To spread the word about the ''sneak thief of sight,'' January has been named National Glaucoma Awareness Month. Glaucoma is the second leading cause of blindness, accounting for 9%-12% of all cases of total vision loss in the United States and effecting nearly 70 million people around the world. Due to the fact that the disease is initially asymptomatic, experts believe that nearly 50% of patients with the disease are not aware of their condition.
Glaucoma is actually a category of eye diseases that damage the eye's optic nerve, the channel that carries images to the brain. Although glaucoma can affect people of all ages, there are particular groups that are more likely to develop it such as African Americans over age 40, senior citizens, particularly of Mexican ancestry, and those with a family history of the disease.
Because blindness of this kind can not be restored, vision can only be preserved through early diagnosis. This is difficult however, because symptoms rarely manifest before the optic nerve is damaged, often being noticed when peripheral (side) vision is already lost.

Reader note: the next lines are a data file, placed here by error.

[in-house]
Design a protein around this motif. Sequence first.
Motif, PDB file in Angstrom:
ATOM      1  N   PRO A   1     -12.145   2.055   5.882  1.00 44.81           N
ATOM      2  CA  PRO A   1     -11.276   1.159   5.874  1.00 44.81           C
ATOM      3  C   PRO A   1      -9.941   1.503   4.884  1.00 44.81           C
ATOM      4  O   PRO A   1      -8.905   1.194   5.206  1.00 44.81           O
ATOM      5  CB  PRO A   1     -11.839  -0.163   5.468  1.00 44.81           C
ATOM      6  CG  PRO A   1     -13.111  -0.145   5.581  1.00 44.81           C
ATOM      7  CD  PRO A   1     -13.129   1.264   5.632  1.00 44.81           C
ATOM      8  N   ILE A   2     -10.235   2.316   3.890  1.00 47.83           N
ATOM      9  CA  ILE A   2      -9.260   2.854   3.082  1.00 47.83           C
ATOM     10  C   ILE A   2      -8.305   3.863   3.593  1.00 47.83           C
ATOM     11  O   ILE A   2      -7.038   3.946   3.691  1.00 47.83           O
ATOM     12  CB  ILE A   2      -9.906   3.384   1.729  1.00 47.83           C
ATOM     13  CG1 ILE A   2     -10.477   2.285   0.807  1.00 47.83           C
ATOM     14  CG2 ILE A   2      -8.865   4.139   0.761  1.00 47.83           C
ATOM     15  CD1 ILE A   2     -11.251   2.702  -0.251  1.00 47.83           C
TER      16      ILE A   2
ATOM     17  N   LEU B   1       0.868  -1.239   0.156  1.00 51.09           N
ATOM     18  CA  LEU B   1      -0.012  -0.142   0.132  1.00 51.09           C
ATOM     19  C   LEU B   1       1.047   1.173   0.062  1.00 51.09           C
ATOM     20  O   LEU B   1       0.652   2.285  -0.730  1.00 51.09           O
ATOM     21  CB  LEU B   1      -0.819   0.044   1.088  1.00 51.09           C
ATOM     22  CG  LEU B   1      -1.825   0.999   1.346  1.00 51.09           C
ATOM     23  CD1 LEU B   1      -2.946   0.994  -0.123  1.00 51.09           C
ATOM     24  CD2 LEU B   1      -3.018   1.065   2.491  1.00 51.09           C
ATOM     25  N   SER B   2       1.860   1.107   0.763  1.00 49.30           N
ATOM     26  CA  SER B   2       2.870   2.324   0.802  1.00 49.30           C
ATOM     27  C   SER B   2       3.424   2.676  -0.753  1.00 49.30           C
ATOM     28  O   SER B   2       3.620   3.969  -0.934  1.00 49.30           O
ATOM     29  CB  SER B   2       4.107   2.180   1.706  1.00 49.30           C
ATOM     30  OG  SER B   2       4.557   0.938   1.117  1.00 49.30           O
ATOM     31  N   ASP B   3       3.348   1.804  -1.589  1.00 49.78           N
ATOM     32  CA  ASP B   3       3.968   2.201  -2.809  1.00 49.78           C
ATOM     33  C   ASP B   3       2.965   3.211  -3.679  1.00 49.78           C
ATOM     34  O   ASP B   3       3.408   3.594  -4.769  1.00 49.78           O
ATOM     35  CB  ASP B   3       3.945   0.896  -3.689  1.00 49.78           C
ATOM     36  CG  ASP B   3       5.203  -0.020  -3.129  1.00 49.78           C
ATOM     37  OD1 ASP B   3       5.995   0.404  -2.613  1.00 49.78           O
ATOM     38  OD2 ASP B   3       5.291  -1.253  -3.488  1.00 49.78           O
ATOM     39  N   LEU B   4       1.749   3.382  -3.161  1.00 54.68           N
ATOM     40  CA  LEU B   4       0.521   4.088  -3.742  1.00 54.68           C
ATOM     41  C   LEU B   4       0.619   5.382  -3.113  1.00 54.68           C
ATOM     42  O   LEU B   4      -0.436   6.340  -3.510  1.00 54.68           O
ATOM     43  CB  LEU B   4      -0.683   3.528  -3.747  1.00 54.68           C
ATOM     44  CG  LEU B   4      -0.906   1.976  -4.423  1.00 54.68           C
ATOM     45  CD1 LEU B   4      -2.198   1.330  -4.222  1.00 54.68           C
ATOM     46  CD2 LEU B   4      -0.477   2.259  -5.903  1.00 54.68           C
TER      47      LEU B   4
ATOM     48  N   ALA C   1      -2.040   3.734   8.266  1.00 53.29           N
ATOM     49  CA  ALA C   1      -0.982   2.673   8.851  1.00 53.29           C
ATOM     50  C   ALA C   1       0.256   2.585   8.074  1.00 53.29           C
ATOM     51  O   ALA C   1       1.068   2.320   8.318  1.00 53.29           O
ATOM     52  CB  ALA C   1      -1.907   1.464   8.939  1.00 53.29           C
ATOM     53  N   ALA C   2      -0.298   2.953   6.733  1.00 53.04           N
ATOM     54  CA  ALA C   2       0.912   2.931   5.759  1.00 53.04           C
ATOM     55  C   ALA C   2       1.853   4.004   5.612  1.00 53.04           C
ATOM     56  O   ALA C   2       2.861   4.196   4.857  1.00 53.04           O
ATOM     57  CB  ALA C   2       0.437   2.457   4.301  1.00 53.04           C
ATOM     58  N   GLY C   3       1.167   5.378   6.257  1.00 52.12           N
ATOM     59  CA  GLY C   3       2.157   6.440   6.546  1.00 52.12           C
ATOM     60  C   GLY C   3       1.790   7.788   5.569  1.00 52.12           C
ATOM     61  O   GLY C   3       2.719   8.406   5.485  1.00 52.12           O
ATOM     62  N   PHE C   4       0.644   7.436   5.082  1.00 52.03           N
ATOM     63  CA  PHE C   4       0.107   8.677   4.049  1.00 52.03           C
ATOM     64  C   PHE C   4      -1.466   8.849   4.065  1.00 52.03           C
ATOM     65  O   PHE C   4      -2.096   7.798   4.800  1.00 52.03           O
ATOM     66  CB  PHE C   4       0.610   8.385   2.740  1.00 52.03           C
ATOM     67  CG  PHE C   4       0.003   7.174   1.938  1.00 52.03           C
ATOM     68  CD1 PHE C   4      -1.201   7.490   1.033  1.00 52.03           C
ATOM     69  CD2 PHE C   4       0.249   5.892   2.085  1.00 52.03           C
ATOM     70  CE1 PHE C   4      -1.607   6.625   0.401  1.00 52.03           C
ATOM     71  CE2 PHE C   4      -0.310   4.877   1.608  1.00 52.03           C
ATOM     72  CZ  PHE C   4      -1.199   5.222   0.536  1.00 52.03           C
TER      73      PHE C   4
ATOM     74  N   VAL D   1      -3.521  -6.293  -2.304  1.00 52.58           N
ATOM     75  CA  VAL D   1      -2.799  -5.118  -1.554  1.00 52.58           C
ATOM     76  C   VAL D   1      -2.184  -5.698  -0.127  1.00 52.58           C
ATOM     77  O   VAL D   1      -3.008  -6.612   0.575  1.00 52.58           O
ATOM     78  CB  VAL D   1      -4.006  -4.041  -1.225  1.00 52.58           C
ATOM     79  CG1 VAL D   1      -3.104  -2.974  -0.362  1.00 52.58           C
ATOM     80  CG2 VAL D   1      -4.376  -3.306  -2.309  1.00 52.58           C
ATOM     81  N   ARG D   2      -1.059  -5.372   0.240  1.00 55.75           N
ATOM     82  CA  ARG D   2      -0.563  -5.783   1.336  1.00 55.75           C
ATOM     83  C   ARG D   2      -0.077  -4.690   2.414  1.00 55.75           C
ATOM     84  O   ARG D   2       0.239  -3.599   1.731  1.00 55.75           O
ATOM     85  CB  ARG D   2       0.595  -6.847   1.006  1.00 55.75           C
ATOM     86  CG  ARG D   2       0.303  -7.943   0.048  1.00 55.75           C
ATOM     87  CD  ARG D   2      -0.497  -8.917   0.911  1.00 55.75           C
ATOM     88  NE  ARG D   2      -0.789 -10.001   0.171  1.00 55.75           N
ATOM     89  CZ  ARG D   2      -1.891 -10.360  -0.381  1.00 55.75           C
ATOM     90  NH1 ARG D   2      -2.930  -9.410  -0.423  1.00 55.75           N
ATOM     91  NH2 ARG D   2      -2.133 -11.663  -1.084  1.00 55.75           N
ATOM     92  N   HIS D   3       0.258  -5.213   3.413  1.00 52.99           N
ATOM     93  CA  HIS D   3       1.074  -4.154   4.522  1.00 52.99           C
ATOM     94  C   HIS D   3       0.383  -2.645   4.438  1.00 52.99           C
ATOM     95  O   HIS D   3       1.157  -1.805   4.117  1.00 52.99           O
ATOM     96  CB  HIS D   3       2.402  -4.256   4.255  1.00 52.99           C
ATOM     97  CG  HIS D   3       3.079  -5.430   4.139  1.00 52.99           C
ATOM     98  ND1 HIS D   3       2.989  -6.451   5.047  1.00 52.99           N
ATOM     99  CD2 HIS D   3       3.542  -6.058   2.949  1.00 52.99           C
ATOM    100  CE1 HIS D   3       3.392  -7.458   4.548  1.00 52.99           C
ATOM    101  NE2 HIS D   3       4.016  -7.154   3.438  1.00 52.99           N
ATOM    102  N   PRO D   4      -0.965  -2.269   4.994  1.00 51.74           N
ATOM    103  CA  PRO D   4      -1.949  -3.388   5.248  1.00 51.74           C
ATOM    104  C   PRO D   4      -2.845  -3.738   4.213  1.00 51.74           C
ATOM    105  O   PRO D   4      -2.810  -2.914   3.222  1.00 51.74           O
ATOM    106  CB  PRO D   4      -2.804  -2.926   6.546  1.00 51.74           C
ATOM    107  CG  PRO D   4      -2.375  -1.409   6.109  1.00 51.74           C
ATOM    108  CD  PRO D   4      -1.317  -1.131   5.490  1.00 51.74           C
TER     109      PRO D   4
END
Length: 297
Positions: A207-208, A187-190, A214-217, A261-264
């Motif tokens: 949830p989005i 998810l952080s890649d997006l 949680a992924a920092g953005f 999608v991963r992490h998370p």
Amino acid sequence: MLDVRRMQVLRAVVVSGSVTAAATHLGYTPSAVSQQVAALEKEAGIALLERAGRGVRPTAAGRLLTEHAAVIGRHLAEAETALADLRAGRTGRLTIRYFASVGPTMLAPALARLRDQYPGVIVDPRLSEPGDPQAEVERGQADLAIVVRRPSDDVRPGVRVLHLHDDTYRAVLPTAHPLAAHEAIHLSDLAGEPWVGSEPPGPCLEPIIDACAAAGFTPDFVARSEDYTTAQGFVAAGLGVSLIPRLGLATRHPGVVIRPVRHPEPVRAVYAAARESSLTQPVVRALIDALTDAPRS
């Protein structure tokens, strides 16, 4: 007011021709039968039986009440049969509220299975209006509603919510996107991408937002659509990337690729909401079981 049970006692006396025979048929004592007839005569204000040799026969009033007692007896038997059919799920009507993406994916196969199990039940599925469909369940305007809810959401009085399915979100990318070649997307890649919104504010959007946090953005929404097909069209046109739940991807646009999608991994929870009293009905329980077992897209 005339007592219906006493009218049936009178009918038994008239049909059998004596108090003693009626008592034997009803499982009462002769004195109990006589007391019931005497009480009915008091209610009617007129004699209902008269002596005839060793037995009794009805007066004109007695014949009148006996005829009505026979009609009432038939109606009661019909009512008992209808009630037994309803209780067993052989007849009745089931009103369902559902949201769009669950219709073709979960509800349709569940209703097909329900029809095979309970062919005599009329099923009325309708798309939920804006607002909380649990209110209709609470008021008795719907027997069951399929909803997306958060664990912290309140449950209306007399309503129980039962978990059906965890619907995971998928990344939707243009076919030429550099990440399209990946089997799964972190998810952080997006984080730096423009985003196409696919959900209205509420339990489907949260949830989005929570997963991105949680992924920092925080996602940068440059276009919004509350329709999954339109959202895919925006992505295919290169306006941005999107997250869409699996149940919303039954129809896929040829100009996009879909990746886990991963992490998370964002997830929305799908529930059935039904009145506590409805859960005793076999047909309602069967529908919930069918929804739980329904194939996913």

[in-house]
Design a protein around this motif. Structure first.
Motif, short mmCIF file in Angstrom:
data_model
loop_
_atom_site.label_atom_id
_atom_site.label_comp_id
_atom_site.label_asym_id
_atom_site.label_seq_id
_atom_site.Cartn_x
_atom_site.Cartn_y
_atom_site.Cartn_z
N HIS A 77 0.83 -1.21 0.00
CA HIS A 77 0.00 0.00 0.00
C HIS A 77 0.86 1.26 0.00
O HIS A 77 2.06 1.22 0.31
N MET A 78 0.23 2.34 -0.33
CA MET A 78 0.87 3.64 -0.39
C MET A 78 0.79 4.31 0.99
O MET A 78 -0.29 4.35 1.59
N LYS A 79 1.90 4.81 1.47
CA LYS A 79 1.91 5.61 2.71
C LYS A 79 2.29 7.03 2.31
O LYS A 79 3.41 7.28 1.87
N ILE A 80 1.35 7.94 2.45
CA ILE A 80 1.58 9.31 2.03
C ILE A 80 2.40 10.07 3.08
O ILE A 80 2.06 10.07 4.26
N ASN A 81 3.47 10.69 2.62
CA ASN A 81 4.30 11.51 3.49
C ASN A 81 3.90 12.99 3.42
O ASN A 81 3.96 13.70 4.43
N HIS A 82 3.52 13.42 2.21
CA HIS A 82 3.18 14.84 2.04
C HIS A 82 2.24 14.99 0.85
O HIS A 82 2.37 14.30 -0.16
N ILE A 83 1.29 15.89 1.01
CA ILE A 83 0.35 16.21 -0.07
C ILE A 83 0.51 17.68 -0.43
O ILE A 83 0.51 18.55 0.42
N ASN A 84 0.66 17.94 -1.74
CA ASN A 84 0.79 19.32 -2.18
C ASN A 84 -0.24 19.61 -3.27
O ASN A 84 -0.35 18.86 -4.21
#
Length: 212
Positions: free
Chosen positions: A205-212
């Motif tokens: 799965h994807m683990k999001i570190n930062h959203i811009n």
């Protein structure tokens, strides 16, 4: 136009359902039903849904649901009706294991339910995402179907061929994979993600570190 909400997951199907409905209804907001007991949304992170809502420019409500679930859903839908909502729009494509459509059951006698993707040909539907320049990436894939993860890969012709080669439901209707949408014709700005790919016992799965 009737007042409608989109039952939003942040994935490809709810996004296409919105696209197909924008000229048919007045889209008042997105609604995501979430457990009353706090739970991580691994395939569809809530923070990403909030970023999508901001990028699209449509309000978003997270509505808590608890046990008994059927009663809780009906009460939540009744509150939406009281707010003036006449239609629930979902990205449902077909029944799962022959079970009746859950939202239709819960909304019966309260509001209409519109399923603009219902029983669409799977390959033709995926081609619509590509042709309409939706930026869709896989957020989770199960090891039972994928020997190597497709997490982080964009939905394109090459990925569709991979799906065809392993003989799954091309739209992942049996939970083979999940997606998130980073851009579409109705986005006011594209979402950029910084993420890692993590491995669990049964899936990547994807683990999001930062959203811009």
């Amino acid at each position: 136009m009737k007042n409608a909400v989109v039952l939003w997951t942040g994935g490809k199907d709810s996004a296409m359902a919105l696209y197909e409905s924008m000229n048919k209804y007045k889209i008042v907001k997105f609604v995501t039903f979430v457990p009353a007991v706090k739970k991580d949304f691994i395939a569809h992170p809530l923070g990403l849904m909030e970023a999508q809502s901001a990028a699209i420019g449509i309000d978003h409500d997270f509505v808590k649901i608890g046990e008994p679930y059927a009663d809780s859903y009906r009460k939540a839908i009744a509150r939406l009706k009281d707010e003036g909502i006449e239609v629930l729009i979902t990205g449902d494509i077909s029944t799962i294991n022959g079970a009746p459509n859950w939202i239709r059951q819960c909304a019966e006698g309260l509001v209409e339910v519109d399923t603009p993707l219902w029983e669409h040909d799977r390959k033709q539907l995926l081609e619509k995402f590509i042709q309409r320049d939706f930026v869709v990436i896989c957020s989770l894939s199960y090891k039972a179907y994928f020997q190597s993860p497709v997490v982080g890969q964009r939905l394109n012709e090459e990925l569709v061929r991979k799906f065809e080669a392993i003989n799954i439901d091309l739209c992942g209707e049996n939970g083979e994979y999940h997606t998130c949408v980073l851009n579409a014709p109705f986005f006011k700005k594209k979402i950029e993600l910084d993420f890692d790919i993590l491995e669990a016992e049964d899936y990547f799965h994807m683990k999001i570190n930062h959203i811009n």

While research is ongoing, there is currently no cure for glaucoma, however current methods of treatment, including medication or surgery, can slow disease progression and prevent increased vision impairment. Treatment is determined based on a number of variables, including the type of damage and the advancement of the disease.
The NIH's National Eye Institute recently found that while ninety percent of people had heard of glaucoma, only eight percent were aware that it has no early warning signs. Only a qualified eye doctor can identify the early effects of glaucoma, using a comprehensive eye exam. We suggest an annual screening as your best defense against this potentially devastating disease. Schedule your yearly glaucoma screening today.